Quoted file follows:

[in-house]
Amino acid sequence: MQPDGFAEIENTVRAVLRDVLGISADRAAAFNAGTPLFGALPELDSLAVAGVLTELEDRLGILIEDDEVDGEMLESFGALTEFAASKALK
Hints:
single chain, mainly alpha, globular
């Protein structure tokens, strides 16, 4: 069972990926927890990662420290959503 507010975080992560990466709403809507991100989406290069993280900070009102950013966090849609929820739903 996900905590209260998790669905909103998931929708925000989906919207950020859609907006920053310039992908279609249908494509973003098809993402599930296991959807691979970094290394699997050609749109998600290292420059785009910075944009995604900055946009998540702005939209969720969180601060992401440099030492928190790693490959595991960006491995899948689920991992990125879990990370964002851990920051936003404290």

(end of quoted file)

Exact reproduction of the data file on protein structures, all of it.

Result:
[in-house]
Amino acid sequence: MQPDGFAEIENTVRAVLRDVLGISADRAAAFNAGTPLFGALPELDSLAVAGVLTELEDRLGILIEDDEVDGEMLESFGALTEFAASKALK
Hints:
single chain, mainly alpha, globular
């Protein structure tokens, strides 16, 4: 069972990926927890990662420290959503 507010975080992560990466709403809507991100989406290069993280900070009102950013966090849609929820739903 996900905590209260998790669905909103998931929708925000989906919207950020859609907006920053310039992908279609249908494509973003098809993402599930296991959807691979970094290394699997050609749109998600290292420059785009910075944009995604900055946009998540702005939209969720969180601060992401440099030492928190790693490959595991960006491995899948689920991992990125879990990370964002851990920051936003404290």